Our country's history is filled with examples of people's views changing over time for the better -- the most recent example being on the issue of marriage equality. Polls now show support for same-sex marriage is at between 51 and 58%. But just 10 years ago, only slightly over 30% of Americans supported it.

Jimmy Carter's advice for Paula Deen
Can Paula Deen make a comeback?
Paula Deen's food empire crumbling
Jackson urges Deen to take 'ownership'

If 10 years ago supporters of marriage equality dismissed all those who opposed gay marriage -- or who had even had used derogatory terms about gays -- as bigots incapable of evolving, we never would have seen the new acceptance of marriage equality by mainstream America.

We also witnessed America evolve for the better regarding interracial marriage. In 1967, when the U.S. Supreme Court struck down laws that barred interracial marriage in the famous case of Loving v. Virginia, 73% of Americans actually supported such laws. That wasn't a Red State-Blue State divide. The mainstream American view at that time was that blacks and whites should legally be prohibited from marrying each other.

When did a majority of Americans finally begin to accept interracial marriage? The late 1990s -- almost 30 years after the Supreme Court's landmark decision.

In tearful interview, Deen slams 'horrible lies'

Paula Deen recently admission that she used the hateful "N word" to describe a black man back inthe 1980's. But could Paula Deen -- as she has claimed -- have evolved over the past 30 years for the better? It's possible. Former President Jimmy Carter believes so, noting that Deen's programs in Savannah, Georgia, benefit "almost exclusively oppressed and poverty-stricken black people."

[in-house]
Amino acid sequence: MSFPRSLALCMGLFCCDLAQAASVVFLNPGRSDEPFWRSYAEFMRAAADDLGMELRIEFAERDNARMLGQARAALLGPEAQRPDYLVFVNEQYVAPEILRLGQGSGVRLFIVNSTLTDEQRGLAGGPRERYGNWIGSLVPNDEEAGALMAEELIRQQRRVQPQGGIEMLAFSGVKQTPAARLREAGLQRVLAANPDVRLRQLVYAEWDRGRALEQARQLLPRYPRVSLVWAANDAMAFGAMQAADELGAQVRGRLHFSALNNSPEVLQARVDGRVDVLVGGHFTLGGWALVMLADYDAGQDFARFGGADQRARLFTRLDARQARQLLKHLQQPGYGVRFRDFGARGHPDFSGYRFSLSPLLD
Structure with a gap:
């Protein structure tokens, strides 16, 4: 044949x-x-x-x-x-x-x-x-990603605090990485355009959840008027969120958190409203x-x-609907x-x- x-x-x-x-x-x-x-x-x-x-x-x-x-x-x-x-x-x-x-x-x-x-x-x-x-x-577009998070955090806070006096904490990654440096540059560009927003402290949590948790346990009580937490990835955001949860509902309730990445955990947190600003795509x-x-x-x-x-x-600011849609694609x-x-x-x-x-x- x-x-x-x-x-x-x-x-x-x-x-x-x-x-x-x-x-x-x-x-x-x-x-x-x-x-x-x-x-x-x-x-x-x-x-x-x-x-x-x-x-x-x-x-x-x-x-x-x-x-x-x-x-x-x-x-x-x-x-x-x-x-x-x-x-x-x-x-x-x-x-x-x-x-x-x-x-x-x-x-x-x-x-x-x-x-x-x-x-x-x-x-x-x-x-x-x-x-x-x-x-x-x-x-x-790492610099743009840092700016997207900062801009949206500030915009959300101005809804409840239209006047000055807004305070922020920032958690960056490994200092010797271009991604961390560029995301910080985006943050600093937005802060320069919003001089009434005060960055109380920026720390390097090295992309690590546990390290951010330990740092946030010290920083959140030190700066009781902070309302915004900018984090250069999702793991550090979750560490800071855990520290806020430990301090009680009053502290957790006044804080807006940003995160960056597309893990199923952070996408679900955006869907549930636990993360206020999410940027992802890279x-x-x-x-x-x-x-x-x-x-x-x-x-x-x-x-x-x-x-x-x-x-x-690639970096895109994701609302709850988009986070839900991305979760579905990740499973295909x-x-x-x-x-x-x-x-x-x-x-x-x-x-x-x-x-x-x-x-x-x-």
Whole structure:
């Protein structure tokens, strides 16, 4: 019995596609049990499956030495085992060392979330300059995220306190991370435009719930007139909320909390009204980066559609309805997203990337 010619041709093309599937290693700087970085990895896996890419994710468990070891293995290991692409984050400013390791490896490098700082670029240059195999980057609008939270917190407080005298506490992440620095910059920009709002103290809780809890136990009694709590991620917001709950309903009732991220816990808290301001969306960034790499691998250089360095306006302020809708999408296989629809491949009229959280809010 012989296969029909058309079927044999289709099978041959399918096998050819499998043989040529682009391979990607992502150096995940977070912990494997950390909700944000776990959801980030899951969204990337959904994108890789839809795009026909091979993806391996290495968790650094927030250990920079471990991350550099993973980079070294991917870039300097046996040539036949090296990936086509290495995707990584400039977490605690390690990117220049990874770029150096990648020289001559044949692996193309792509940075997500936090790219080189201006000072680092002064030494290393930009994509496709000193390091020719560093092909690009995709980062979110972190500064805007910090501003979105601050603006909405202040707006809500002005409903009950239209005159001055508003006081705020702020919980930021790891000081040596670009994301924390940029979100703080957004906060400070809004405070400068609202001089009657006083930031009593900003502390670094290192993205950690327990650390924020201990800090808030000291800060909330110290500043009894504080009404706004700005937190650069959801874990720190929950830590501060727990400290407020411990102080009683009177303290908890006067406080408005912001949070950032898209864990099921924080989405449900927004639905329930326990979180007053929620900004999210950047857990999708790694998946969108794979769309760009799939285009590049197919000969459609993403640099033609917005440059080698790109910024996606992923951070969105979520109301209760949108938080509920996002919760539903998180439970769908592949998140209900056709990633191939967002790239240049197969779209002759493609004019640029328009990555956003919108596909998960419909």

And as of the writing of this article, no one else has publicly come forward to say that Deen has used racially insensitive words in recent years. If she is still using racist and bigoted words, I would expect to see at least one other person substantiating such a claim.

On the other hand, Deen's assertion on the "Today" show earlier this week that she only used the "N word" one time in her life is so ridiculous that I believe it made her situation even worse -- especially since at her recent deposition she appeared to admit having using it more times in the past.

Can Paula Deen change? Of course she can, just as others have changed their views on issues of race and marriage equality. Clearly it will take more than a few tears on a morning show and a disjointed apology to prove that to us. But in time, if she and others like her do evolve, we should applaud and embrace them. As the Rev. Jesse Jackson stated this week about Deen: "She should be reclaimed rather than destroyed."

Certainly if someone is spouting racist, homophobic, anti-Semitic or Islamaphobic comments today, they deserve the punishment they receive -- be it losing their job of being cast from mainstream society to the fringes to wallow with the hate mongers.

Deen and Southern food: Critics say credit is past due

But let's not close the door on their redemption. If we do, our nation will be frozen in its progress forward on societal and racial issues. And that would truly be unforgivable.

Follow us on Twitter @CNNOpinion.

Join us on Facebook/CNNOpinion.

The opinions expressed in this commentary are solely those of Dean Obeidallah.